I have a problem. The wifi in my office is weak. It usually works just fine, but my nightly backups are failing because the network connection drops very briefly on occasion. Usually this is imperceptible but if I’m doing a big download or backing up the task usually fails without completing. So I bought the Netgear Powerline 1200 adapter, the one without the passthrough port. It was cheaper and didn’t block the top power outlet so I don’t really care about the passthrough.

My goal was to see how it affected bandwidth with my MacBook Air (2011). To make matters complicated, my Air does not have an ethernet adapter, nor does it have USB 3.0. I only have one Thunderbolt port and it’s hooked up to a DisplayPort monitor. That means I’m stuck with USB 2.0 speeds. Turns out, the USB 2.0 speed is not a problem. Here are the performance results. Continue Reading…


Have you ever looked back and recalled one bad decision, well intentioned at the time, that cascaded down to many bad results over the long run? Microsoft made one bad choice that ruined the web, and we haven’t fully healed yet. Many web developers today don’t remember the early browser wars, in the 2.0 and 3.0 days. It was an epic battle between Microsoft’s Internet Explorer and Netscape’s Navigator browsers, and each was competing to come out with major new features.

There was coming a new generation of browsers, of dynamic HTML, and each of the browsers were inventing new web technologies that were far ahead of any standard bodies. Layers, divs, XML and more were being integrated into the browsers. Netscape launched Navigator 4, beating Microsoft to the market, but when Internet Explorer 4 was launched, the battle was over. It was so much better than Netscape. It was the beginning of their end.

This led Microsoft to make a horrible decision that is still affecting web browsers today. Continue Reading…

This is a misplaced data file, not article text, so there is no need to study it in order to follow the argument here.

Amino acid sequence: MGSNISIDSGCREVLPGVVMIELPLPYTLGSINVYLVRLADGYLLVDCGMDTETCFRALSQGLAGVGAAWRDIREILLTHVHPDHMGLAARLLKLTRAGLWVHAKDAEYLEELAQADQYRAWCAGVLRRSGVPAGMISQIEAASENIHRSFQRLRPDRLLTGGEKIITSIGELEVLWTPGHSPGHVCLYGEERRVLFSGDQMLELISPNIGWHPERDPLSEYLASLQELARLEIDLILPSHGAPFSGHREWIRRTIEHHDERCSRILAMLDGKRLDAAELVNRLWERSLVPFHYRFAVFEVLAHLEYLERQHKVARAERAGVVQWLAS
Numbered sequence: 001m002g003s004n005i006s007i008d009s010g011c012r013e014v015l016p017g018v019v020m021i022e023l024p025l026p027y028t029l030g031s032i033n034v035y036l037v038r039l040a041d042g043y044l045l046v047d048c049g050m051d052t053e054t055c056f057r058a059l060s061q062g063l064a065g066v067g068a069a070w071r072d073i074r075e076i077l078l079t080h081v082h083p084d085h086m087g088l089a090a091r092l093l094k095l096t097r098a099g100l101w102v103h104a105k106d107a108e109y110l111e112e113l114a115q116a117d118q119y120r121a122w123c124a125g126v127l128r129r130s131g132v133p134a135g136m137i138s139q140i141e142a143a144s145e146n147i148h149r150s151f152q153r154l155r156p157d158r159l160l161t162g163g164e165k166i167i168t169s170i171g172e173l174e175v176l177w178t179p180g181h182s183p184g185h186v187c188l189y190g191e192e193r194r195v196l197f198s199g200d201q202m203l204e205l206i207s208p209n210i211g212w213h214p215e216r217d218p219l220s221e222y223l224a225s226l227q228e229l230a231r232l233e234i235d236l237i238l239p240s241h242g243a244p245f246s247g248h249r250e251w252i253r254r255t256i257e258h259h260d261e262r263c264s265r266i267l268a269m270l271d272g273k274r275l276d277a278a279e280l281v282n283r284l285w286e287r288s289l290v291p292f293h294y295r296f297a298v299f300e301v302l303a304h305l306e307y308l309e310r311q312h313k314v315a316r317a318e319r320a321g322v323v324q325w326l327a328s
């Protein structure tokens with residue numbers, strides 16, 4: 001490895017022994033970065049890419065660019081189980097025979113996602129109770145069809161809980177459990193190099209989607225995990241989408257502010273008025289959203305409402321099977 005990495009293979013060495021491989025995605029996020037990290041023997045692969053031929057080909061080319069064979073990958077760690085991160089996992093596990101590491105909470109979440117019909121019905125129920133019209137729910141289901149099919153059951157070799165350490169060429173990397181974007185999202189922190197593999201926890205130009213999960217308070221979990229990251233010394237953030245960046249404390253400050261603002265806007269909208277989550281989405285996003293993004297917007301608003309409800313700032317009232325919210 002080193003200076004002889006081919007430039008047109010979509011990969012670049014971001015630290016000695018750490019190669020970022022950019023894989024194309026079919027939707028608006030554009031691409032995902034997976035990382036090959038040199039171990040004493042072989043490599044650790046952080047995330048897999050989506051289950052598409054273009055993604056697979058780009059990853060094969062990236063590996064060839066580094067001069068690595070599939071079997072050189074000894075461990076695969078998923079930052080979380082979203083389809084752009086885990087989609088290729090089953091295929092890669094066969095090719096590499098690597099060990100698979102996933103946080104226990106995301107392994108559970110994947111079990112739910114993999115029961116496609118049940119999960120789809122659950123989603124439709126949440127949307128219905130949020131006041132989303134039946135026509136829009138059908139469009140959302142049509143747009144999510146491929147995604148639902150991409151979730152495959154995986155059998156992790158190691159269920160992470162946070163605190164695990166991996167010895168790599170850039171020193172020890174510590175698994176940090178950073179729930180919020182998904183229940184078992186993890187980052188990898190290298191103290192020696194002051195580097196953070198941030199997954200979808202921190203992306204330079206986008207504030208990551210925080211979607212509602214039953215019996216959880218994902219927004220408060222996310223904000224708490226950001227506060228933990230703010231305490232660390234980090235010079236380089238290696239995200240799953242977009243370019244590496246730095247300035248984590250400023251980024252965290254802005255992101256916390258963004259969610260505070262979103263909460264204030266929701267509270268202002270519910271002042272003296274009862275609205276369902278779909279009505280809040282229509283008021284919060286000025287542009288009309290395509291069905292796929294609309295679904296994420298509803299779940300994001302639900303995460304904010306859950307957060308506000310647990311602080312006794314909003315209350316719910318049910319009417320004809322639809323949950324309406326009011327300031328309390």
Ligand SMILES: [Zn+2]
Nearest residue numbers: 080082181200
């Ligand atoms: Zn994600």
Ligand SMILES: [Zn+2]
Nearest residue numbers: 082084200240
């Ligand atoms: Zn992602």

Amazon’s Prime service has many benefits. Consumers get fast free shipping from Amazon, which many are willing to pay for in and of itself, and in addition, they get a Netflix like service for streaming tv shows, movie and music. You also get access to a free e-book library and unlimited online backup for your photos. All for $8.25 per month in the US.

Netflix is a comparable video on demand (VoD) offering that delivers a very similar video and TV show streaming service for $8.99 per month. If all you want is streaming video, Amazon has one major benefit that Netflix can’t touch – the ability to buy or rent movies and watch them instantly, if they’re not part of the free package. This means you have about every movie or TV show that is in digital format available to you. Amazon’s total library dwarfs that of Netflix.

So how does Apple come into this? Continue Reading…


Like it or not, if you’re not writing apps with AngularJS, you’re not getting much freelance work. This is sad news for a few reasons, but maybe not the reason you’re thinking.

I like to keep my finger on the pulse of what skills are in demand. I do this because I help coordinate training events and part of that is deciding what topics we’ll present. A few good ways to do that are to keep an eye on the job boards and freelance websites. It’s no surprise that job boards are still overwhelmed with work in the typical enterprise topics. Java, C#, Ops, etc. UX is getting more prominence, which makes me feel good (that’s my main job function these days).

The freelance websites are showing a different trend. There, AngularJS is blowing up. Many of the front-end development jobs specify AngularJS as a requirement. Continue Reading…


Oh, I hate clickbait headlines. But if it works, we should use them to our advantage. My main job function is to make sure the software  my company makes helps users, does what they’re supposed to and are easy to use. I spend a lot of time talking to customers, watching them work and measuring the user experience. That means I also file defects when I find things that could be improved, which is always. (we make great software, but there is always room for improvement)